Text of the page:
4. If you Tab to the next control, you'll find it's a tree view for specifying where you want the folder created. The folder you selected in the Folder tree should already be selected.
  5. Press Enter to press the default OK button.

Moving messages to a folder

You move messages to a folder using the Move dialog, and you can do this either in the main window or in a message window. Unfortunately, there is a Window Live Mail bug associated with this dialog. There are two versions of this dialog, and which one you get depends on exactly how you open it. In one version, the tree view in which you select the folder is accessible to screen readers, and in the other, it isn't. So the following instructions clearly describe how to get the accessible version.

If you're in the main window, then to move one or more selected messages to a folder:

  1. Choose Move to folder on the context menu of the selected message or messages (Application Key, V). Note that there is a shortcut Ctrl + Shift + V for opening the dialog, but this opens the inaccessible version.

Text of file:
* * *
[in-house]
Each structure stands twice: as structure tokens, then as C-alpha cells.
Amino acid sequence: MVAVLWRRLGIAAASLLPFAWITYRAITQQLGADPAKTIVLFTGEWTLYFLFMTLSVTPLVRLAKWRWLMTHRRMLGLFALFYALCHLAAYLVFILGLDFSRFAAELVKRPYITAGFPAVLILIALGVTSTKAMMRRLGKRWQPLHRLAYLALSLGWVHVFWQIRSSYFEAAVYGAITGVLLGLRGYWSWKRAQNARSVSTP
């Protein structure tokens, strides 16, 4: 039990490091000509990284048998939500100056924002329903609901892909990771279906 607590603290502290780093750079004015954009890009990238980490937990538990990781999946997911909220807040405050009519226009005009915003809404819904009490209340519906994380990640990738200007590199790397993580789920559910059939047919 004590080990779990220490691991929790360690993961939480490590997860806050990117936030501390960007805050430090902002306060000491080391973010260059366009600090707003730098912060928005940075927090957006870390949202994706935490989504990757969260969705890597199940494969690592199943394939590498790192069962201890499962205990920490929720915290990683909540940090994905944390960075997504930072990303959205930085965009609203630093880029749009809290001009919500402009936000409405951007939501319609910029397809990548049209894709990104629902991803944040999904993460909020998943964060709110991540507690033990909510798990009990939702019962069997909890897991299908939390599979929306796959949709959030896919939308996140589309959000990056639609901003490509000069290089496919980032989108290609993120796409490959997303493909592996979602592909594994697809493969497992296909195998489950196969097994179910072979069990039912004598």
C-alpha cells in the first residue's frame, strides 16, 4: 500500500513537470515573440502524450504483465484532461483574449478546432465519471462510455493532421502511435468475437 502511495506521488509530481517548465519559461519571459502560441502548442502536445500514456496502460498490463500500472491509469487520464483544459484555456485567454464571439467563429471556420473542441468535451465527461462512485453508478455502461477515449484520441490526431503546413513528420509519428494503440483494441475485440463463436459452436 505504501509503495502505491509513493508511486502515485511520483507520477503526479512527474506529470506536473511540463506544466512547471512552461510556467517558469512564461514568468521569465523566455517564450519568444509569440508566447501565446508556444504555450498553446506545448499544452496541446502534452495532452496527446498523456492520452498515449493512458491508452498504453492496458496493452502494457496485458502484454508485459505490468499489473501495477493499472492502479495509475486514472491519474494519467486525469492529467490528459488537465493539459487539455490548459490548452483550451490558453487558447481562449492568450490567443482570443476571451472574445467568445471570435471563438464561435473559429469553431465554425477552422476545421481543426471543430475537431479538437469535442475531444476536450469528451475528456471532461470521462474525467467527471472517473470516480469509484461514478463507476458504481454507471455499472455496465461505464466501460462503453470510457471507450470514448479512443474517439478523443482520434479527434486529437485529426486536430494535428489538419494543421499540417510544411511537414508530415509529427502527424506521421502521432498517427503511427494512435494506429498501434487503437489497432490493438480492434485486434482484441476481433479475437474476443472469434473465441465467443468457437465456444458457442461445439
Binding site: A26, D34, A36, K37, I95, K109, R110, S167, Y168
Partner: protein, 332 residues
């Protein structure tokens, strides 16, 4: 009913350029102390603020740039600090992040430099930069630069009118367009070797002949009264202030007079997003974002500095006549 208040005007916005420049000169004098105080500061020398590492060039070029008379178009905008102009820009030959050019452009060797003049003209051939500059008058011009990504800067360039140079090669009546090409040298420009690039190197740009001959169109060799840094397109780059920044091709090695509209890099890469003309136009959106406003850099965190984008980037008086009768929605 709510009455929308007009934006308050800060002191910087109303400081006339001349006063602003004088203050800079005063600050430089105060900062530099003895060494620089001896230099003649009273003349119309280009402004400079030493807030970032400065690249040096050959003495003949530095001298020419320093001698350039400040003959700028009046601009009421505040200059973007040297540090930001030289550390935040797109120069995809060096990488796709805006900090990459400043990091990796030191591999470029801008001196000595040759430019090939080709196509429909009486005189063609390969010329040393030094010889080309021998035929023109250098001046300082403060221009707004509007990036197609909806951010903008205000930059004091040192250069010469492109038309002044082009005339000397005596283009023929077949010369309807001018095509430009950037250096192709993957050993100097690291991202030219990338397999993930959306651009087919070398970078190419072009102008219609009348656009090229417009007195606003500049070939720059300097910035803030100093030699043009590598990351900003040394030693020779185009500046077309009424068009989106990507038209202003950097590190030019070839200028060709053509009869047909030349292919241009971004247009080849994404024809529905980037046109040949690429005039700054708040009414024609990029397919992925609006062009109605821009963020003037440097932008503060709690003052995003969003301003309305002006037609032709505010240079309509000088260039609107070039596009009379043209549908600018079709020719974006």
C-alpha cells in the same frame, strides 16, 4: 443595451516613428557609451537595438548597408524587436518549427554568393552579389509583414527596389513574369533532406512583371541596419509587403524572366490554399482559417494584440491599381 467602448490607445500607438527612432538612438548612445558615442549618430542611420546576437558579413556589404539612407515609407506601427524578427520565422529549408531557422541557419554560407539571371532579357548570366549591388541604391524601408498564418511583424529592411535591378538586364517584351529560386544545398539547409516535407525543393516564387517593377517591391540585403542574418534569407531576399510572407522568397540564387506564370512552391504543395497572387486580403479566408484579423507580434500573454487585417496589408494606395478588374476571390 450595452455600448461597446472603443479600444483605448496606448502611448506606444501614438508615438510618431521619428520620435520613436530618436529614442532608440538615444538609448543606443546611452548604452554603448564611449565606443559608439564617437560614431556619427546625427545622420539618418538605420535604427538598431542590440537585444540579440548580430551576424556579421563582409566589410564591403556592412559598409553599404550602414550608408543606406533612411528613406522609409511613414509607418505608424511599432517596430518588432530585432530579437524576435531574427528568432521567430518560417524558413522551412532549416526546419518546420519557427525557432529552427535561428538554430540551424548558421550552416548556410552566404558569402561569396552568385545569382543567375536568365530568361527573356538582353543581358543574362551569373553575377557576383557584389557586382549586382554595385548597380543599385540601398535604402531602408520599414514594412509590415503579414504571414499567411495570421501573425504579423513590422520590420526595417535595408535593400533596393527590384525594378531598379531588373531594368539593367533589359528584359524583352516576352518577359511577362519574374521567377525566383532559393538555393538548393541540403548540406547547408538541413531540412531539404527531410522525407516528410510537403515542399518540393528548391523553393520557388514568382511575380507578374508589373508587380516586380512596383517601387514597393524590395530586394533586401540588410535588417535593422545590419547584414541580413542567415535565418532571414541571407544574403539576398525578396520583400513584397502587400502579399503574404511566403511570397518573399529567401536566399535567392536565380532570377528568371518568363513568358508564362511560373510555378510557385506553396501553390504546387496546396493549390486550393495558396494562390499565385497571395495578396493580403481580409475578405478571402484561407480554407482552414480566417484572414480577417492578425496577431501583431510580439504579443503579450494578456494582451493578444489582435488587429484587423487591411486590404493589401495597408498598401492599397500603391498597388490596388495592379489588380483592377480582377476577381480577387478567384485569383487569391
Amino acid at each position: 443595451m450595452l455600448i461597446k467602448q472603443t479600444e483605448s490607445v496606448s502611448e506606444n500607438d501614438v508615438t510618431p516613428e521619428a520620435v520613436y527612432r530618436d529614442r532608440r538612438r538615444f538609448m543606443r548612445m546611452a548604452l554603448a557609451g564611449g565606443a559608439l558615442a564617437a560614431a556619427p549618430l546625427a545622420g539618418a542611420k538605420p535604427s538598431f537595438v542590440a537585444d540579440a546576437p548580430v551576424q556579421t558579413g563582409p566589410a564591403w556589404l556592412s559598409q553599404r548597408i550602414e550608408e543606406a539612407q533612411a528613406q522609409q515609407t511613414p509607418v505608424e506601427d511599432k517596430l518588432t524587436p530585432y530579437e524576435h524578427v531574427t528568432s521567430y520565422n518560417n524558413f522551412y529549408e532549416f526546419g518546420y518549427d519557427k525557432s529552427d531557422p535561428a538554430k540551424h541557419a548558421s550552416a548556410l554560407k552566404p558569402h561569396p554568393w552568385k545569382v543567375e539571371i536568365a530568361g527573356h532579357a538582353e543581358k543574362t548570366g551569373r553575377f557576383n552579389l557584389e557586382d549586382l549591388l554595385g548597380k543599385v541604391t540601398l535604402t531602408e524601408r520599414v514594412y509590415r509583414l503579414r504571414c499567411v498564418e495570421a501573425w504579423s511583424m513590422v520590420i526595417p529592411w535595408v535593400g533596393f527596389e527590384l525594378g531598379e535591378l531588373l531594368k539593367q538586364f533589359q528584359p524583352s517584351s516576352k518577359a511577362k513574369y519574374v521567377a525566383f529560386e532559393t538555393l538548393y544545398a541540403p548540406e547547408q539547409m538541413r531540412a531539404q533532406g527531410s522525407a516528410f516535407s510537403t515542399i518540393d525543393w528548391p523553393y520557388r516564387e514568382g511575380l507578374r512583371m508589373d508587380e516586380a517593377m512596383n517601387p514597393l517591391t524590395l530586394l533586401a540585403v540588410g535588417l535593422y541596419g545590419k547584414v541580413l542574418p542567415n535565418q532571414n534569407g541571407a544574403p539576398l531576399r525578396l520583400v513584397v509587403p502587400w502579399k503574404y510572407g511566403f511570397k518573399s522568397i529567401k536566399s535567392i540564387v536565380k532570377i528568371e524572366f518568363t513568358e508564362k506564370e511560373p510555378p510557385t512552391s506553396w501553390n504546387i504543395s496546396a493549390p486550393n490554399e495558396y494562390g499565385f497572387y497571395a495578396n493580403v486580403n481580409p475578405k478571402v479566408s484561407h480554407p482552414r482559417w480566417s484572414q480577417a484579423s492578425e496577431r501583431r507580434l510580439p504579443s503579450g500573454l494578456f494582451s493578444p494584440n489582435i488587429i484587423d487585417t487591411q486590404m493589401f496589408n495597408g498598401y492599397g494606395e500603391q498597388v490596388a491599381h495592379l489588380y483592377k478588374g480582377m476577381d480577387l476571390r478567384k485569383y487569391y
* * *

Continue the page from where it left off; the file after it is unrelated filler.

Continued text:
2. A Move dialog opens. In the folder list tree view, select the desired destination folder, and then press Enter to press the default OK button.

If you're in a message window, then how to open the accessible version of the dialog depends on whether or not you're using the Jaws virtual ribbon:

Message rules

A message rule automatically applies one or more actions to incoming messages which match one or more conditions. For example, you could create a rule that moved all incoming messages from a certain person to a Folder that you'd created for that person's messages.

The Message Rules dialog is used both for managing message rules, and for creating rules by launching the New Mail Rule dialog. The Message Rules dialog has two pages, one for rules for mail messages, and the other for rules for News messages, but only the former of interest in this guide.

You can open the Message rules dialog from the Mail main window: on the folders tab, press the Message rules button which is in an unnamed group. If there are no existing rules, a New Mail Rule dialog opens, rather than the Message Rules dialog.

The following sections describe the New Mail Rule dialog, and the Message rules dialog.

New Mail Rule dialog